Demonstrators call on DEP to reform coal mining permit process

Produced By: - June 5, 2023 4:38 pm

Do better. 

That’s the message that protesters from western Pennsylvania had for the Department of Environmental Protection.

The group of demonstrators, collectively known as Mountain Watershed Association, gathered at the Capitol on Monday to ask state officials at DEP, lawmakers, and Democratic Gov. Josh Shapiro to reform coal mining permits to match the rights of Pennsylvanians afforded to them by the state Constitution. 

“The current coal mining regulations in Pennsylvania are woefully out of date and failed to protect Pennsylvania residents’ constitutional rights to clean air, clean water, and the enjoyment of natural resources,” Barbara McMillan, a Westmoreland County resident, said. 

Under Section 27 of the state Constitution, Pennsylvanians are guaranteed the right to clean air, clean water, and the preservation of natural resources. 

Specifically, the governing document reads: 

“The people have a right to clean air, pure water, and to the preservation of the natural, scenic, historic and esthetic values of the environment. Pennsylvania’s public natural resources are the common property of all the people, including generations yet to come. As trustee of these resources, the Commonwealth shall conserve and maintain them for the benefit of all the people.”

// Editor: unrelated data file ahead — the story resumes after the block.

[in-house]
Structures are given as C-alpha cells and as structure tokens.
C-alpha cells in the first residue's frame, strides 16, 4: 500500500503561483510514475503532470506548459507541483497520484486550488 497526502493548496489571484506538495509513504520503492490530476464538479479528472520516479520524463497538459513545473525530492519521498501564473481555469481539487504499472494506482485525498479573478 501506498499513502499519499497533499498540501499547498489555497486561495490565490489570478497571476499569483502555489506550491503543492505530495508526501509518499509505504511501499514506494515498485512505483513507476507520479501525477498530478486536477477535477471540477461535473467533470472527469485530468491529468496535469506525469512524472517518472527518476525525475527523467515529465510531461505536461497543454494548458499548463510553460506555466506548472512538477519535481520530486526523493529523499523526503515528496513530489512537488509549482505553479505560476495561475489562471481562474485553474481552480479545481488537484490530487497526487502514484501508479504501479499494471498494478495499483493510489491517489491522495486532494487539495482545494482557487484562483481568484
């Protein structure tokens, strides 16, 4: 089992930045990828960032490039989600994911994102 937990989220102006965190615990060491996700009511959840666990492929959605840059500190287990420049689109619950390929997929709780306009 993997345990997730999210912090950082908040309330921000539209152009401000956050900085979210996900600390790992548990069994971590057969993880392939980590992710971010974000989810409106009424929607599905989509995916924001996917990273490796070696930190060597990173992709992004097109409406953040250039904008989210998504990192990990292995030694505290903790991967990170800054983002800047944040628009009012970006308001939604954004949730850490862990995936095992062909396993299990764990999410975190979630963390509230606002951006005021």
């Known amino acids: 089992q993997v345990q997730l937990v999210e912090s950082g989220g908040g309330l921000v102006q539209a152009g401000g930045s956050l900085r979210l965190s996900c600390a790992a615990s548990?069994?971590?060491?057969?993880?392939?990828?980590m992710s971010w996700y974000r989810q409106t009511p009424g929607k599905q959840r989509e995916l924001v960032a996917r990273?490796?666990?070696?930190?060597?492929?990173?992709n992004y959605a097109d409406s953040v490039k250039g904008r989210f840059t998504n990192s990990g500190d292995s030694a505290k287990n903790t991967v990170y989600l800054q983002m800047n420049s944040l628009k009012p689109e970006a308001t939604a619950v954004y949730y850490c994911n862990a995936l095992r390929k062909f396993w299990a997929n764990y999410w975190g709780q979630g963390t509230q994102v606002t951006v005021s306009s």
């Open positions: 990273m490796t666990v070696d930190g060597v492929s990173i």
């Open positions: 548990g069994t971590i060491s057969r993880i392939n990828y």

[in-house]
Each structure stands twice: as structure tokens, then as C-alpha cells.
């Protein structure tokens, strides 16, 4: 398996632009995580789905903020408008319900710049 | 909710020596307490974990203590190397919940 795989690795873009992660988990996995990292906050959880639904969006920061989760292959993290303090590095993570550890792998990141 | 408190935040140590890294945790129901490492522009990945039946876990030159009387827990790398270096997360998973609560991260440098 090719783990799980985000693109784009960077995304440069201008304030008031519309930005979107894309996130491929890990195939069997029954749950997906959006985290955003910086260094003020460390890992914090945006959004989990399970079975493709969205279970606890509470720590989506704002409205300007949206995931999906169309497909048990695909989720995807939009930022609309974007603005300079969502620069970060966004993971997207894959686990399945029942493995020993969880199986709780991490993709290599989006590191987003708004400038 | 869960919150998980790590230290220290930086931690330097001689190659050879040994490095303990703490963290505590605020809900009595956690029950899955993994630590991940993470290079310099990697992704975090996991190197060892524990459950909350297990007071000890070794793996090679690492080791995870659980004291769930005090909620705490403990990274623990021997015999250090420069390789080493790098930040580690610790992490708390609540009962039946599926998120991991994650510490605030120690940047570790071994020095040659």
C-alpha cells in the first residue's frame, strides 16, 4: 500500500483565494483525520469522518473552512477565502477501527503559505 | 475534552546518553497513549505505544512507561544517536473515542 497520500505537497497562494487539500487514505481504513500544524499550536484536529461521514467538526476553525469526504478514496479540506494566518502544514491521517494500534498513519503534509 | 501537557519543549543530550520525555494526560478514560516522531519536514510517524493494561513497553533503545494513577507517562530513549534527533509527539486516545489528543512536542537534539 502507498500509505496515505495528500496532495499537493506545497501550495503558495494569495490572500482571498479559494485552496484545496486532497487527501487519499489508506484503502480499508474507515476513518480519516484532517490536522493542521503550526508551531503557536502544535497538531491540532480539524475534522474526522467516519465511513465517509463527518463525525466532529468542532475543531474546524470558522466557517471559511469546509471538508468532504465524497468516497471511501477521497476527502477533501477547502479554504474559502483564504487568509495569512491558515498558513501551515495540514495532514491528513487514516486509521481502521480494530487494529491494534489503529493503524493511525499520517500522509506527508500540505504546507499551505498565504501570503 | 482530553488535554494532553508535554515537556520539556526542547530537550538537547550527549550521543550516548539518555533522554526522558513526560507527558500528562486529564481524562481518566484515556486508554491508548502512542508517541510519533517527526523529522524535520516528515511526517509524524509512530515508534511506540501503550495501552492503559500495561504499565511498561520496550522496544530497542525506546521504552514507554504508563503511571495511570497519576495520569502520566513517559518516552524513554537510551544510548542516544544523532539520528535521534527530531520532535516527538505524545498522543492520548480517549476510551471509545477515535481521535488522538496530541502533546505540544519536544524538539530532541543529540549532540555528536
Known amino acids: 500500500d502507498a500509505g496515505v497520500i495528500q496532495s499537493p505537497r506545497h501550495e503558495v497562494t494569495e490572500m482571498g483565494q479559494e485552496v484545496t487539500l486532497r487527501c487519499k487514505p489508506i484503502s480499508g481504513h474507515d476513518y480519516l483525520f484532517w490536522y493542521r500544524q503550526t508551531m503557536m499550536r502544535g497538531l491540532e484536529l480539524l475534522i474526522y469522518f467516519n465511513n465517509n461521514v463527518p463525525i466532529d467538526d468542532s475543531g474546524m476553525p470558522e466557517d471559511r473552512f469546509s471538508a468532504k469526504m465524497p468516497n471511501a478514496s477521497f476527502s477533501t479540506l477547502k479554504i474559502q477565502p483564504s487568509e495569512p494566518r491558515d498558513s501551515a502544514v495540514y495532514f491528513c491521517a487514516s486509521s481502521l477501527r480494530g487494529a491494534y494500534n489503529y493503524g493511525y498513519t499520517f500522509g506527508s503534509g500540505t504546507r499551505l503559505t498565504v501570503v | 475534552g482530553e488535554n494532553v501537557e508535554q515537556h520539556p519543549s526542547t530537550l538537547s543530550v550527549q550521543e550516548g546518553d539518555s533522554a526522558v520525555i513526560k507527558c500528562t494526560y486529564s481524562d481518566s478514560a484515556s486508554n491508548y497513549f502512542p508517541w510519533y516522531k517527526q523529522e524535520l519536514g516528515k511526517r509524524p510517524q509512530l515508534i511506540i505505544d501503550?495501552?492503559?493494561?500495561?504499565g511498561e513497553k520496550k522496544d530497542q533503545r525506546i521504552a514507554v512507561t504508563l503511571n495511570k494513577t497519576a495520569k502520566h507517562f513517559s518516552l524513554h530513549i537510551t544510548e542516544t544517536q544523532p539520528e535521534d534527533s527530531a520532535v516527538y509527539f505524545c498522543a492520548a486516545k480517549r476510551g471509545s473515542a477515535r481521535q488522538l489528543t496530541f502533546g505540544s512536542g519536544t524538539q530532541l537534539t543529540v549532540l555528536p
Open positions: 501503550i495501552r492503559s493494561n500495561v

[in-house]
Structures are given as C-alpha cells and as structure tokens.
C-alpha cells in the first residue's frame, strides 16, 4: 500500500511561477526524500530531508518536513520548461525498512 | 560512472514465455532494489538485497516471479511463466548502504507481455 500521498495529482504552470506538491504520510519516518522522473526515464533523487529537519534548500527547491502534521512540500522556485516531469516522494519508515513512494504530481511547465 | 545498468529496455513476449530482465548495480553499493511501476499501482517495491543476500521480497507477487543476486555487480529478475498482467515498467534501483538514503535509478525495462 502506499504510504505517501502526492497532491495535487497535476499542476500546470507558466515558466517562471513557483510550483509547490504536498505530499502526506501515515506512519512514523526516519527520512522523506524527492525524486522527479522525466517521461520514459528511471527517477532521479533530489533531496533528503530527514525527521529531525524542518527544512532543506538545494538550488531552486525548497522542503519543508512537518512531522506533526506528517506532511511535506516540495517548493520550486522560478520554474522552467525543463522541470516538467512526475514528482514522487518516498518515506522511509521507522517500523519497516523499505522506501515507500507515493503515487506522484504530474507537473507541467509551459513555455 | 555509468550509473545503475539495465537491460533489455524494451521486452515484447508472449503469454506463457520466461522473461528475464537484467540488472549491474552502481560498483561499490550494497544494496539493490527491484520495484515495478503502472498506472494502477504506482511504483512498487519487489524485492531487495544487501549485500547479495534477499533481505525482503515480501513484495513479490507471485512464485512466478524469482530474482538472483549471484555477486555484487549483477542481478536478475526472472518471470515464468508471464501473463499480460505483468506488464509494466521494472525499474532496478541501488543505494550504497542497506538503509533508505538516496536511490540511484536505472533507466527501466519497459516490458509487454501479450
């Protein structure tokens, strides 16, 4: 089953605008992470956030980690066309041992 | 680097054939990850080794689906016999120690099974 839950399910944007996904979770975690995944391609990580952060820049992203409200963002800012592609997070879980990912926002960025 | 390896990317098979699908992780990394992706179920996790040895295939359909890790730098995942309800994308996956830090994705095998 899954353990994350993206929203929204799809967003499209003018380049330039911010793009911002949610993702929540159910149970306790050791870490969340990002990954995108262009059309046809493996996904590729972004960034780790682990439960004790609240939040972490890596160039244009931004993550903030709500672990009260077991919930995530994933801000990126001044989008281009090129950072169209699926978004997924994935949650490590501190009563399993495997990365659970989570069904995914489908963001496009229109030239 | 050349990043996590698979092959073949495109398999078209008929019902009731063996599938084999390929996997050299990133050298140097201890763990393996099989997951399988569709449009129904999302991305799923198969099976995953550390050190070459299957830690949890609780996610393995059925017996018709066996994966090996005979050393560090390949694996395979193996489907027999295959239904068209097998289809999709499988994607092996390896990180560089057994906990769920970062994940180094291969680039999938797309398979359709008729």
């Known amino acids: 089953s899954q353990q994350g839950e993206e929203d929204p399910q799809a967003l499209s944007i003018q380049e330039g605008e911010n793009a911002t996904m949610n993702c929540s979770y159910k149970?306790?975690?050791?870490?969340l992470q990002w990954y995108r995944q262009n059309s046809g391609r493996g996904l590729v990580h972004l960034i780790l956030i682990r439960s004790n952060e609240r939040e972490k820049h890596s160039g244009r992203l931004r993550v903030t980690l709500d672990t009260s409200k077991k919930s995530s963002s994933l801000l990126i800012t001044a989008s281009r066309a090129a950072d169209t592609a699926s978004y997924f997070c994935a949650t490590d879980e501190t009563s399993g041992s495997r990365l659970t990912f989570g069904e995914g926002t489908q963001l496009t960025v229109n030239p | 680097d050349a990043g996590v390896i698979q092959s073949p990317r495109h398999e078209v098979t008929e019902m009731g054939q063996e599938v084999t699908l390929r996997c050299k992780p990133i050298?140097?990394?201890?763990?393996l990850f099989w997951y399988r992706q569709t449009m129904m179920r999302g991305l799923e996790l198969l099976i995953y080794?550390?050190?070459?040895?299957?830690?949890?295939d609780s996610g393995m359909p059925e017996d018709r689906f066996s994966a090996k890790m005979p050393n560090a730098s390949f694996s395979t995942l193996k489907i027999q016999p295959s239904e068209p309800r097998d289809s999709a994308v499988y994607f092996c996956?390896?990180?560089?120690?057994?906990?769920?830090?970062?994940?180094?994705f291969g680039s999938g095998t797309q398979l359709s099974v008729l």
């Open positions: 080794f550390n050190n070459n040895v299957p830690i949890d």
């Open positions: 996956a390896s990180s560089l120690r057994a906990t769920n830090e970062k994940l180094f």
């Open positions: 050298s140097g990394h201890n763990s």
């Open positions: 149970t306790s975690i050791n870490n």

It’s those rights that the group believes are being infringed upon by mining companies, particularly the Johnstown-based LCT Energy LP, which they say has contaminated residents’ drinking water and is harming the Laurel Highlands’ tourism industry. 

LCT Energy LP is proposing an additional 4,200-acre expansion of its Rustic Ridge Mine in Donegal Township in Westmoreland County. 

In response to the requested expansion, the group said it would like to see the DEP impose regulations that more closely reflect the guarantees of the state constitution.

“We are asking the DEP to tighten up, in fact rewrite, the permitting regulations for coal mining in the state,” McMillan said.

Our stories may be republished online or in print under Creative Commons license CC BY-NC-ND 4.0. We ask that you edit only for style or to shorten, provide proper attribution and link to our web site.

Cassie Miller
Cassie Miller

A native Pennsylvanian, Cassie Miller worked for various publications across the Midstate before joining the team at the Pennsylvania Capital-Star. In her previous roles, she has covered everything from local sports to the financial services industry.


More Video